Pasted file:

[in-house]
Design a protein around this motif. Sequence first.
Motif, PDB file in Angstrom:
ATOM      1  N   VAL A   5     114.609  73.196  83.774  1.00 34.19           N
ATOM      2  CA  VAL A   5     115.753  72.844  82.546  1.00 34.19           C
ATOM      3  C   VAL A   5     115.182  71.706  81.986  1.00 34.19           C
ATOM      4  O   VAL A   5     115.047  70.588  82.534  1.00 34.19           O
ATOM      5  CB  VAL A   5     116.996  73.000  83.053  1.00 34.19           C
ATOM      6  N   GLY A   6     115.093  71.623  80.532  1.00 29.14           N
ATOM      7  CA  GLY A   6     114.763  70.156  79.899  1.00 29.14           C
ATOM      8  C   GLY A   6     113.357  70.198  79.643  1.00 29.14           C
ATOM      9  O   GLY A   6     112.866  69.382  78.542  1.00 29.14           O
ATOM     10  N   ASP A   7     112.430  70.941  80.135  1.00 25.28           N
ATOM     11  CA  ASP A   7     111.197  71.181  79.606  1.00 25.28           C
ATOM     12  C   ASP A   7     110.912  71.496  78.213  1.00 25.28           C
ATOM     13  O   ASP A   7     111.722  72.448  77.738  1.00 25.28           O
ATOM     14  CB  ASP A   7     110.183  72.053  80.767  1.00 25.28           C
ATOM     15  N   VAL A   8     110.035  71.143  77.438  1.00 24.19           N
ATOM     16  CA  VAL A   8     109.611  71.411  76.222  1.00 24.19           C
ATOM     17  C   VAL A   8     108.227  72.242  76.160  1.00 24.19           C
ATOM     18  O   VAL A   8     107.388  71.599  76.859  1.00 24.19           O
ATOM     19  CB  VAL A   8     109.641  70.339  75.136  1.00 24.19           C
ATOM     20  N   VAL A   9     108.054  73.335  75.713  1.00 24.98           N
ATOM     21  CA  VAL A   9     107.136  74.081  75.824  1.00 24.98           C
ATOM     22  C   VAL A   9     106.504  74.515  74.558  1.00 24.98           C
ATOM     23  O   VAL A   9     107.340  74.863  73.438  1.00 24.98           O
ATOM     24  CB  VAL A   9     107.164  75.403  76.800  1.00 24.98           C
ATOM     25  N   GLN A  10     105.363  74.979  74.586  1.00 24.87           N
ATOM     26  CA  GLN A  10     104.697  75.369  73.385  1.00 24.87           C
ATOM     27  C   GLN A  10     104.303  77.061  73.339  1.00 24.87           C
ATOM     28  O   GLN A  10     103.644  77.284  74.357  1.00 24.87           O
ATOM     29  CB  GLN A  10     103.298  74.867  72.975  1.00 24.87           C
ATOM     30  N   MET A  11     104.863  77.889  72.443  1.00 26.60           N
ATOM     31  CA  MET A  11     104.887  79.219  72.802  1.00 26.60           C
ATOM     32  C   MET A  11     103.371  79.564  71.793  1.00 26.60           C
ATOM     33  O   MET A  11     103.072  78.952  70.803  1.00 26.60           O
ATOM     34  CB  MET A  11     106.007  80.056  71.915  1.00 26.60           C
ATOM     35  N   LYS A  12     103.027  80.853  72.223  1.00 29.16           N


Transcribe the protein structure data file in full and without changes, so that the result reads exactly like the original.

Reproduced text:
[in-house]
Design a protein around this motif. Sequence first.
Motif, PDB file in Angstrom:
ATOM      1  N   VAL A   5     114.609  73.196  83.774  1.00 34.19           N
ATOM      2  CA  VAL A   5     115.753  72.844  82.546  1.00 34.19           C
ATOM      3  C   VAL A   5     115.182  71.706  81.986  1.00 34.19           C
ATOM      4  O   VAL A   5     115.047  70.588  82.534  1.00 34.19           O
ATOM      5  CB  VAL A   5     116.996  73.000  83.053  1.00 34.19           C
ATOM      6  N   GLY A   6     115.093  71.623  80.532  1.00 29.14           N
ATOM      7  CA  GLY A   6     114.763  70.156  79.899  1.00 29.14           C
ATOM      8  C   GLY A   6     113.357  70.198  79.643  1.00 29.14           C
ATOM      9  O   GLY A   6     112.866  69.382  78.542  1.00 29.14           O
ATOM     10  N   ASP A   7     112.430  70.941  80.135  1.00 25.28           N
ATOM     11  CA  ASP A   7     111.197  71.181  79.606  1.00 25.28           C
ATOM     12  C   ASP A   7     110.912  71.496  78.213  1.00 25.28           C
ATOM     13  O   ASP A   7     111.722  72.448  77.738  1.00 25.28           O
ATOM     14  CB  ASP A   7     110.183  72.053  80.767  1.00 25.28           C
ATOM     15  N   VAL A   8     110.035  71.143  77.438  1.00 24.19           N
ATOM     16  CA  VAL A   8     109.611  71.411  76.222  1.00 24.19           C
ATOM     17  C   VAL A   8     108.227  72.242  76.160  1.00 24.19           C
ATOM     18  O   VAL A   8     107.388  71.599  76.859  1.00 24.19           O
ATOM     19  CB  VAL A   8     109.641  70.339  75.136  1.00 24.19           C
ATOM     20  N   VAL A   9     108.054  73.335  75.713  1.00 24.98           N
ATOM     21  CA  VAL A   9     107.136  74.081  75.824  1.00 24.98           C
ATOM     22  C   VAL A   9     106.504  74.515  74.558  1.00 24.98           C
ATOM     23  O   VAL A   9     107.340  74.863  73.438  1.00 24.98           O
ATOM     24  CB  VAL A   9     107.164  75.403  76.800  1.00 24.98           C
ATOM     25  N   GLN A  10     105.363  74.979  74.586  1.00 24.87           N
ATOM     26  CA  GLN A  10     104.697  75.369  73.385  1.00 24.87           C
ATOM     27  C   GLN A  10     104.303  77.061  73.339  1.00 24.87           C
ATOM     28  O   GLN A  10     103.644  77.284  74.357  1.00 24.87           O
ATOM     29  CB  GLN A  10     103.298  74.867  72.975  1.00 24.87           C
ATOM     30  N   MET A  11     104.863  77.889  72.443  1.00 26.60           N
ATOM     31  CA  MET A  11     104.887  79.219  72.802  1.00 26.60           C
ATOM     32  C   MET A  11     103.371  79.564  71.793  1.00 26.60           C
ATOM     33  O   MET A  11     103.072  78.952  70.803  1.00 26.60           O
ATOM     34  CB  MET A  11     106.007  80.056  71.915  1.00 26.60           C
ATOM     35  N   LYS A  12     103.027  80.853  72.223  1.00 29.16           N